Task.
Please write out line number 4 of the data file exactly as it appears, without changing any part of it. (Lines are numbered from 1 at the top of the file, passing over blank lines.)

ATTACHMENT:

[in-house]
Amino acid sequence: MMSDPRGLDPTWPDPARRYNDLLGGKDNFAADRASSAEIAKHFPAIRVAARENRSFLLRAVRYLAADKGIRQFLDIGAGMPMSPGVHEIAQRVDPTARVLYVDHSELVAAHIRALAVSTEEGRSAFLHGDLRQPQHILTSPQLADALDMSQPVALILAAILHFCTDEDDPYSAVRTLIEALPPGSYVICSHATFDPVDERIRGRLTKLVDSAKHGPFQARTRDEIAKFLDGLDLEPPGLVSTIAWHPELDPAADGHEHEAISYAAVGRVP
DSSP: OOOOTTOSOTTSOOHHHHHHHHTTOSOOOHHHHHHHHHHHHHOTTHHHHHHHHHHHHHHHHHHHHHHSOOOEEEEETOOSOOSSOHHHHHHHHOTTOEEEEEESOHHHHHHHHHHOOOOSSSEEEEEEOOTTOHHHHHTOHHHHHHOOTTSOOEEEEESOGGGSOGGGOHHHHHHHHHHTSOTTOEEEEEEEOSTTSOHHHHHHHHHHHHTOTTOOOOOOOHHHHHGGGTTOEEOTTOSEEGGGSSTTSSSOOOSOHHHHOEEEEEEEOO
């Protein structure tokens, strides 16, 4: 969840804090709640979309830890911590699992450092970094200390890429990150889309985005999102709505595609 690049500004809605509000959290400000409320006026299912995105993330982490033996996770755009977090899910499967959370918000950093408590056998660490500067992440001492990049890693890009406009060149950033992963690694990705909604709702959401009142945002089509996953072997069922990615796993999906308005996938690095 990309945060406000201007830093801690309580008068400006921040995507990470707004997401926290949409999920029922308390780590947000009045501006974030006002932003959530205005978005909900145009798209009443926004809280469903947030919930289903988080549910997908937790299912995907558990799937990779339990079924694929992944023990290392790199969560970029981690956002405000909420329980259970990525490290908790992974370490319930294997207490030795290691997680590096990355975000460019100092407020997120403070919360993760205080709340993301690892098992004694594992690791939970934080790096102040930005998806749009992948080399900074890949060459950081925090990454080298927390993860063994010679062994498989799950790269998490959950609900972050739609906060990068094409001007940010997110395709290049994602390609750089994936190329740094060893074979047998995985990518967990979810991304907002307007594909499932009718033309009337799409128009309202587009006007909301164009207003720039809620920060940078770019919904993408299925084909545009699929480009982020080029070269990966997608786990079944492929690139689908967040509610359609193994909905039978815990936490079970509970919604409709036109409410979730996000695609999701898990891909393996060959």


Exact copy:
């Protein structure tokens, strides 16, 4: 969840804090709640979309830890911590699992450092970094200390890429990150889309985005999102709505595609 690049500004809605509000959290400000409320006026299912995105993330982490033996996770755009977090899910499967959370918000950093408590056998660490500067992440001492990049890693890009406009060149950033992963690694990705909604709702959401009142945002089509996953072997069922990615796993999906308005996938690095 990309945060406000201007830093801690309580008068400006921040995507990470707004997401926290949409999920029922308390780590947000009045501006974030006002932003959530205005978005909900145009798209009443926004809280469903947030919930289903988080549910997908937790299912995907558990799937990779339990079924694929992944023990290392790199969560970029981690956002405000909420329980259970990525490290908790992974370490319930294997207490030795290691997680590096990355975000460019100092407020997120403070919360993760205080709340993301690892098992004694594992690791939970934080790096102040930005998806749009992948080399900074890949060459950081925090990454080298927390993860063994010679062994498989799950790269998490959950609900972050739609906060990068094409001007940010997110395709290049994602390609750089994936190329740094060893074979047998995985990518967990979810991304907002307007594909499932009718033309009337799409128009309202587009006007909301164009207003720039809620920060940078770019919904993408299925084909545009699929480009982020080029070269990966997608786990079944492929690139689908967040509610359609193994909905039978815990936490079970509970919604409709036109409410979730996000695609999701898990891909393996060959």